ed; so much the worse. A cold night, a cold time What do you mean?” said Vendale, releasing of night, a cold country, and a cold house. This himself

may be better than nothing ; try it." * First tell me ; you are not ill?"

Vendale took the cup, and did so. « III ? No."

* How do you find it?" * I have had a bad dream about you. How is it “ It has a coarse after-flavor," said Vendale, givthat I see you up and dressed ? "

ing back the cup with a slight shudder, "and I ** My good fellow, I may as well ask you how is it don't like it." that I see you up and undressed."

* You are right," said Obenreizer, tasting, and "I have told you why. I have had a bad dream smacking his lips; "it has a coarse after-flavor, and about you. I tried to rest after it, but it was im- I don't like it. Booh! it burns, though!" He possible. I could not make up my mind to stay had flung what remained in the cup, upon the fire. where I was, without knowing you were safe ; and Each of them leaned an elbow on the table, reYet I coulil not make up my mind to come in here. clined his head upon his hand, and sat looking at the I have been minutes hesitating at the door. It is flaring logs. Obenreizer remained watchful and so easy to laugh at a dream that you have not still; but Vendale, after certain nervous twitebes dreamed. Where is your candle ? "

and starts, in one of which he rose to his feet and " Burnt out."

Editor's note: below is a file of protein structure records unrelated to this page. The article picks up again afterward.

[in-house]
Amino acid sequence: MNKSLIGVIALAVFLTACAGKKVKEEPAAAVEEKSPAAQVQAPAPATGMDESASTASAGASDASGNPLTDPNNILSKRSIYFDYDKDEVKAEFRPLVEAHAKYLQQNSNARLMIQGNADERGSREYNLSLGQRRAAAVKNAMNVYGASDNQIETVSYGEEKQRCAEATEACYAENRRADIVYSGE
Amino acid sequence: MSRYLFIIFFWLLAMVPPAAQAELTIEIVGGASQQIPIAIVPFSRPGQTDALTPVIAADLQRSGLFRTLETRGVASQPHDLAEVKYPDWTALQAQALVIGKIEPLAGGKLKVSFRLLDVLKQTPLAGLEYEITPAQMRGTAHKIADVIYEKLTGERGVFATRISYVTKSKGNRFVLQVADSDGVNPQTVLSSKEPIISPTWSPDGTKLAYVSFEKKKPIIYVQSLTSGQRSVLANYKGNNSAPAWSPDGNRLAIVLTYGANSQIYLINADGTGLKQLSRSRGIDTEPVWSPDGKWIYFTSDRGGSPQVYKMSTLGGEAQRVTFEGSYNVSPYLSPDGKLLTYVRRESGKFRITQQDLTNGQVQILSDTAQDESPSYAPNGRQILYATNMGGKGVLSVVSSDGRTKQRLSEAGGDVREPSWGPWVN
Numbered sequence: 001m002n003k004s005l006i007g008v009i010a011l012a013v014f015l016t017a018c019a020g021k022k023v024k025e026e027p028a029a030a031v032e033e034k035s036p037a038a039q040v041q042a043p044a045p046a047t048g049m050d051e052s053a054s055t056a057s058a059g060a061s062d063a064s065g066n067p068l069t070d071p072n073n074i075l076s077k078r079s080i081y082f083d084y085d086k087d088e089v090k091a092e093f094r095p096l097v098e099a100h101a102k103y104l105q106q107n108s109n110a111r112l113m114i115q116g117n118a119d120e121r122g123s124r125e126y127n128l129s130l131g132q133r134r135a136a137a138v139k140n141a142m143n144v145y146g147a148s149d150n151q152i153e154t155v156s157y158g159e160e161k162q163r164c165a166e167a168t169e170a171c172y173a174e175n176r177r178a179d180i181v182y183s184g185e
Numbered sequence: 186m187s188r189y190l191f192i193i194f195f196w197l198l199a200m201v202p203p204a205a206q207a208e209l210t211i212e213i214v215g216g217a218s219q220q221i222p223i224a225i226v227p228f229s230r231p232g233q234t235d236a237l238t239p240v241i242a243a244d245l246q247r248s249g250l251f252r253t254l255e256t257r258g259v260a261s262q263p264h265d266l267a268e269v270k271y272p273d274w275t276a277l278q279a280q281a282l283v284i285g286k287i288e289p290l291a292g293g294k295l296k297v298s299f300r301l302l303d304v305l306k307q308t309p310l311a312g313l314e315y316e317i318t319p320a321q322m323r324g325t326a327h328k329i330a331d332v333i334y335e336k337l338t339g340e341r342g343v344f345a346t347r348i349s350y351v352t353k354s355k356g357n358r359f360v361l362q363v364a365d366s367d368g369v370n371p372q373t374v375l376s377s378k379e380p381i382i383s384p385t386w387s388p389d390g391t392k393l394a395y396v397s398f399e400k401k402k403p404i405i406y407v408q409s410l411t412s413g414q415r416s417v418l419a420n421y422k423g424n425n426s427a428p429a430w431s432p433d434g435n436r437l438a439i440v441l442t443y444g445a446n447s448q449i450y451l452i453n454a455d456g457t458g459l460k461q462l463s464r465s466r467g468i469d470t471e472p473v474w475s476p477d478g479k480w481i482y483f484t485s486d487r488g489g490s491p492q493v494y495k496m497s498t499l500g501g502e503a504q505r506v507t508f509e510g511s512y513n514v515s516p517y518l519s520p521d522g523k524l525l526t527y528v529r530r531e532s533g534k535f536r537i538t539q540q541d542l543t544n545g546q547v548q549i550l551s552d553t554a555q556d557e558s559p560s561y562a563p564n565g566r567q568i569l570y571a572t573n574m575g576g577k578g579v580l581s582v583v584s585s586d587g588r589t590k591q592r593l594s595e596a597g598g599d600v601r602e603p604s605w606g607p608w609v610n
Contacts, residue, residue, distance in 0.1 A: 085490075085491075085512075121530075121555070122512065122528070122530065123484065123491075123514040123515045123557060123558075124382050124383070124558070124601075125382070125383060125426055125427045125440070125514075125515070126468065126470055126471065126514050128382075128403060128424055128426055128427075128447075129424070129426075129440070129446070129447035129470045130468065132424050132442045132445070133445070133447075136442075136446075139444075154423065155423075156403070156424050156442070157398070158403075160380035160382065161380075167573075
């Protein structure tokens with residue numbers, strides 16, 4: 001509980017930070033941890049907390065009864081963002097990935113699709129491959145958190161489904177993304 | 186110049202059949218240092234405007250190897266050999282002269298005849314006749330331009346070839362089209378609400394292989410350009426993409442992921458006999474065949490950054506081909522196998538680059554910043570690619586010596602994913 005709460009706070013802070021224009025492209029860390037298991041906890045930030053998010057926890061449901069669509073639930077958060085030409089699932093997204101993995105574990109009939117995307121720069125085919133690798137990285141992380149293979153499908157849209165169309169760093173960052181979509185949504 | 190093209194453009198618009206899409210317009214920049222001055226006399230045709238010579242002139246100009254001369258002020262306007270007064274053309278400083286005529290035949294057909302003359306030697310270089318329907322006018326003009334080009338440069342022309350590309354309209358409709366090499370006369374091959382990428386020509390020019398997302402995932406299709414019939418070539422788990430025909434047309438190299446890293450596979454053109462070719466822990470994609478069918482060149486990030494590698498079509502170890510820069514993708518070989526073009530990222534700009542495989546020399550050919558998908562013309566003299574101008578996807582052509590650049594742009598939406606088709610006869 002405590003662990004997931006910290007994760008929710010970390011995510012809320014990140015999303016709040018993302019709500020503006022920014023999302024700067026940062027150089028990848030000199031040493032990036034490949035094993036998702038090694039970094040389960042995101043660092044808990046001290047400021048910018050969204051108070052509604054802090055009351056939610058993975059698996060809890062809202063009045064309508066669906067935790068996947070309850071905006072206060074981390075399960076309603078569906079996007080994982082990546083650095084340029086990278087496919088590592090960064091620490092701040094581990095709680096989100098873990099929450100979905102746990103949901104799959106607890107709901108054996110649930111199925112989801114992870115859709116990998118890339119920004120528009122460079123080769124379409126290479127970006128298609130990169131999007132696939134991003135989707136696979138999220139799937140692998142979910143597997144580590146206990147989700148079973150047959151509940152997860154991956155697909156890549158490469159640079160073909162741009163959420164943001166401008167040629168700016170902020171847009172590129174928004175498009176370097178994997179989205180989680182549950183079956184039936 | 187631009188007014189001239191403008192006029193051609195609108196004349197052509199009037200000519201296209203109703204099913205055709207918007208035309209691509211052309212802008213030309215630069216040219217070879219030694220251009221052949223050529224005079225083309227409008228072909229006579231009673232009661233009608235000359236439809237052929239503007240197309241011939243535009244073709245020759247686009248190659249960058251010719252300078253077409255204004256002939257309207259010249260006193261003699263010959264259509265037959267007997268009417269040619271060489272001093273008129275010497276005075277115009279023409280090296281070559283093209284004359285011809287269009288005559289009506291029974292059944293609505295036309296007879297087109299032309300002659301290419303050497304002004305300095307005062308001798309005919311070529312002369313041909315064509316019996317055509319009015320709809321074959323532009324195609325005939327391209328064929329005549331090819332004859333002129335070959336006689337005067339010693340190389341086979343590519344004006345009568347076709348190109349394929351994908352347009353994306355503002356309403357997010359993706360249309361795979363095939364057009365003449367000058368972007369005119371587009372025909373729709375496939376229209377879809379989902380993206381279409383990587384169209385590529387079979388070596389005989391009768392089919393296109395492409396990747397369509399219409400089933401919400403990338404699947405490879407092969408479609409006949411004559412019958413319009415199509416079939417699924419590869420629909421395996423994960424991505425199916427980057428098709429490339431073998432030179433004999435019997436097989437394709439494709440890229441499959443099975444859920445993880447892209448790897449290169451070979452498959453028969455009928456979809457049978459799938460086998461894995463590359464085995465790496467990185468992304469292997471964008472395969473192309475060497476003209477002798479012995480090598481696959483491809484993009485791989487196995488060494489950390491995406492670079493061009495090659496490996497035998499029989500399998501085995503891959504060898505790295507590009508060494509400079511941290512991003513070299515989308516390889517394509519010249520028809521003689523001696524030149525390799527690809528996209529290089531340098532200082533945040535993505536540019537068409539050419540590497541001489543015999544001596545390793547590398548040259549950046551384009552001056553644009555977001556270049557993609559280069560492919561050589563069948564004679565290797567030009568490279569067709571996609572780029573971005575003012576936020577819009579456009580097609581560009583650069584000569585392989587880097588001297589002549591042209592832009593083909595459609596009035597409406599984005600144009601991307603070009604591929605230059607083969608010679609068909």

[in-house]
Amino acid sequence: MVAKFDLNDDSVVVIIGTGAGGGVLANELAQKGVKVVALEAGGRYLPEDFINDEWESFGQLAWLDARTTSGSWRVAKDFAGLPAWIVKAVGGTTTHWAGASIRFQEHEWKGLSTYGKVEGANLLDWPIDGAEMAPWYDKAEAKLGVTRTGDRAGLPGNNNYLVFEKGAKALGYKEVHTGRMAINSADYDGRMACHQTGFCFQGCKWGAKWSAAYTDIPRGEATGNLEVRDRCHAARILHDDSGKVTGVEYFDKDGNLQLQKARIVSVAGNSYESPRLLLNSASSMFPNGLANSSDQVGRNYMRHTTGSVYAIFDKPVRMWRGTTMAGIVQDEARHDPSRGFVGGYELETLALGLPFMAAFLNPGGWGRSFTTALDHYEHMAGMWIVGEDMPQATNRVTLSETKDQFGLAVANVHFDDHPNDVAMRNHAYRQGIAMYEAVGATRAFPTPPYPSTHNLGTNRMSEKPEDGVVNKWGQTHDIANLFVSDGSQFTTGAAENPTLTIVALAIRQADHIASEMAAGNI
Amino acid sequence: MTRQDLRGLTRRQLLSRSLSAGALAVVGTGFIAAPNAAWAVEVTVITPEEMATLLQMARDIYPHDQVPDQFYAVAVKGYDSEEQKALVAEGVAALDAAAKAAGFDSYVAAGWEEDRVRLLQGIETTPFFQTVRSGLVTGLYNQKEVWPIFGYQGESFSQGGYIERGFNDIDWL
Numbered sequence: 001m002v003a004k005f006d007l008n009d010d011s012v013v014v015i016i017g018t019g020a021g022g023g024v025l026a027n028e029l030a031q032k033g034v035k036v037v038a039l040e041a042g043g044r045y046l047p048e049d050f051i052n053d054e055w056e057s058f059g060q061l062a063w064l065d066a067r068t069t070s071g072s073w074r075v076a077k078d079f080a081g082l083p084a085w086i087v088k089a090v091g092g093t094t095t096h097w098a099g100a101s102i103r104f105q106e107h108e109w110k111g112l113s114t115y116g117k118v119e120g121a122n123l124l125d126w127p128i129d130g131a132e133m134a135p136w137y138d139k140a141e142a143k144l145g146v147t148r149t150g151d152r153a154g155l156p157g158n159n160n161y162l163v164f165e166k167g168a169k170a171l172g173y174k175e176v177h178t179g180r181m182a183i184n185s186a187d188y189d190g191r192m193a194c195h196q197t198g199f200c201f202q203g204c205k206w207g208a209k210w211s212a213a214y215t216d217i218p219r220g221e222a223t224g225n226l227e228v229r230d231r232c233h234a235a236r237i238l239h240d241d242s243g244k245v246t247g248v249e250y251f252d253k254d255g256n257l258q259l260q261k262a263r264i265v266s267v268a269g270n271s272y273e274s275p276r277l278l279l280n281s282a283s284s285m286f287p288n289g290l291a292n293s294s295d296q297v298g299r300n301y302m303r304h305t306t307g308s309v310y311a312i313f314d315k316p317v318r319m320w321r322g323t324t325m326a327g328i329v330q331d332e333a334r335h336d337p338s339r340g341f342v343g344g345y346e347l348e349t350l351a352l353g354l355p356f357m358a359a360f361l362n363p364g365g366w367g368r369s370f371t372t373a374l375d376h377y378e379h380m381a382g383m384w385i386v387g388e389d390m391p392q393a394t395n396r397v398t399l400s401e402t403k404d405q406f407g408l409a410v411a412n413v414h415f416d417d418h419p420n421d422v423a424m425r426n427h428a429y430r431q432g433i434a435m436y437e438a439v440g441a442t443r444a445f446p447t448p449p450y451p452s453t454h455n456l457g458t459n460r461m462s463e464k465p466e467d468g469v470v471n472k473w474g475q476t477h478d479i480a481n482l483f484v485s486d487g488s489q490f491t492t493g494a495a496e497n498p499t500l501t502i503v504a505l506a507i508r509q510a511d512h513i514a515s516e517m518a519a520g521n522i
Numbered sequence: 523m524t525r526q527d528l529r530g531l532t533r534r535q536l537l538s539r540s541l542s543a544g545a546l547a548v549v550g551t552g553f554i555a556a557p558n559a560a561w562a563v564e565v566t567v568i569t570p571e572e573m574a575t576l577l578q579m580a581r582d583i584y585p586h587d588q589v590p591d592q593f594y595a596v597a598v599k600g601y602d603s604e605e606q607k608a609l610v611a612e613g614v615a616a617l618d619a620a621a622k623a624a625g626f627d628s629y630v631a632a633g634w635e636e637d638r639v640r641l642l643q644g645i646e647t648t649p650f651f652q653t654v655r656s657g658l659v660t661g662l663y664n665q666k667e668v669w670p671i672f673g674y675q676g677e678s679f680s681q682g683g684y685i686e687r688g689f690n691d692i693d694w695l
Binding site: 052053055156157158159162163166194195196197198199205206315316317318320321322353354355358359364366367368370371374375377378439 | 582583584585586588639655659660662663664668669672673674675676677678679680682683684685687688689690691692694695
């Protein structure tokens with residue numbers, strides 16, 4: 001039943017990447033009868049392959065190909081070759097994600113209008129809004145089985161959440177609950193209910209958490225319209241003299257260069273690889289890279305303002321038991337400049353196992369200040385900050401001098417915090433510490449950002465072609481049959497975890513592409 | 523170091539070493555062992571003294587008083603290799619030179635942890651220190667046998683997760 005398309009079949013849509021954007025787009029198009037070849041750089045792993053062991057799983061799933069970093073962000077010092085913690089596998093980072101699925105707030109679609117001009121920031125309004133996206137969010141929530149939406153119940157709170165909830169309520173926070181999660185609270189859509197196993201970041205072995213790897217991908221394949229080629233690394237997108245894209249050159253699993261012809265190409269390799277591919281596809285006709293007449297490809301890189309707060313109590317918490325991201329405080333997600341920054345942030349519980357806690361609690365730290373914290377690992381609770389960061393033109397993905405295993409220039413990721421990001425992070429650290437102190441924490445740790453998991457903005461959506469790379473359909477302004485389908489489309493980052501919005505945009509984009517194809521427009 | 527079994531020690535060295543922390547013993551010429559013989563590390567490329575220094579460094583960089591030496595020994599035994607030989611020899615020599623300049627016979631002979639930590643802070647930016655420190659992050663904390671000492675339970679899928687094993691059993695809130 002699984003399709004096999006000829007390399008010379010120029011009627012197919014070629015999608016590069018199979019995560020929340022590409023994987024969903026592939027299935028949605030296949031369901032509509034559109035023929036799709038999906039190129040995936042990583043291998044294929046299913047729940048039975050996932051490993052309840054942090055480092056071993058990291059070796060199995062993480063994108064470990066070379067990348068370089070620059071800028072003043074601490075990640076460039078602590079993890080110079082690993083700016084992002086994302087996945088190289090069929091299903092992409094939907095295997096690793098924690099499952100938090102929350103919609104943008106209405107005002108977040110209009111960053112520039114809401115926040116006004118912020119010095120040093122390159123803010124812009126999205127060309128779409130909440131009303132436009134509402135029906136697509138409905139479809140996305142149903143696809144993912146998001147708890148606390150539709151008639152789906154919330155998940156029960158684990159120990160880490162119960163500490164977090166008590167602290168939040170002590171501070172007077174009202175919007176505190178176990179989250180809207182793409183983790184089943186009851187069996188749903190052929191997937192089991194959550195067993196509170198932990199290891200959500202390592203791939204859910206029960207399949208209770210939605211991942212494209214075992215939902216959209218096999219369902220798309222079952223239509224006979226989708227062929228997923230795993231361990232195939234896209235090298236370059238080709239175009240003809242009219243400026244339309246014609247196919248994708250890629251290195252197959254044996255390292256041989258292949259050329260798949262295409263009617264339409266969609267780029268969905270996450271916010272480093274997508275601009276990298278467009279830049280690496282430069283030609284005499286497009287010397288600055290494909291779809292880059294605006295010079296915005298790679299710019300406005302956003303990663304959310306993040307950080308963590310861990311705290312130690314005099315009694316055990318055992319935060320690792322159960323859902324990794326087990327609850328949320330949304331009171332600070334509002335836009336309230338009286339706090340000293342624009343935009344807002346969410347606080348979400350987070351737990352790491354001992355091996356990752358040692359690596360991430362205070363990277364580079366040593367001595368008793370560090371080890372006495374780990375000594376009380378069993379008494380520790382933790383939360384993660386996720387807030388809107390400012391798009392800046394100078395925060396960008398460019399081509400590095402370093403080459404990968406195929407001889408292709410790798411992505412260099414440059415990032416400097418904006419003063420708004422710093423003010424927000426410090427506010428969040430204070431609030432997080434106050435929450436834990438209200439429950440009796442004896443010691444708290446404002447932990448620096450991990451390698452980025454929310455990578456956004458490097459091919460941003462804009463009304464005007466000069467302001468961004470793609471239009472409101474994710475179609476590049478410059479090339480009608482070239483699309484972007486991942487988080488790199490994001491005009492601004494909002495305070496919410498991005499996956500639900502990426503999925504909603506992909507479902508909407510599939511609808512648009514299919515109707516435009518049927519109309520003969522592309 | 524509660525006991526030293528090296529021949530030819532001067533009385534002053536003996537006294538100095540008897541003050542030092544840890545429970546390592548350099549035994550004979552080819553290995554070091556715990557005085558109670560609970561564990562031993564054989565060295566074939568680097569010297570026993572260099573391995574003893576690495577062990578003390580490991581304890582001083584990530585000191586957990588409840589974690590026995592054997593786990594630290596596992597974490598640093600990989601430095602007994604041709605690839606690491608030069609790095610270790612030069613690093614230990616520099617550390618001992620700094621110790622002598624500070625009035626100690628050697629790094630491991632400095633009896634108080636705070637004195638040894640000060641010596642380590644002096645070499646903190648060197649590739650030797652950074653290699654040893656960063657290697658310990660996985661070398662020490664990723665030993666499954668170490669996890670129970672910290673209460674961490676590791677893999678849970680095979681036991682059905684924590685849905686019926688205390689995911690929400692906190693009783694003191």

looked wildly about him, fell into the strangest con* I have a whole one in my room. Shall I fetch fusion of dreams. He carried his papers in a leather

case or pocket-book, in an inner breast-pocket of liis * Do so."

buttoned travelling coat; and whatever he dreained llis room was very near, and he was absent for of, in the lethargy that got possession of him, sounebut a few seconds. Coming back with the candle thing importunate in these papers called him out of in his hand, he kneeled down on the hearth and that dream, though be could not wake from it. lighted it. As he blew with his breatly a charred! He was belated on the steppes of Russia (some billet into flame for the purpose, Vendale, looking shadowy person gave that name to the place) with down at lain, saw that his lips were white and not Marguerite, and yet the sensation of a hanıl at his easy of control.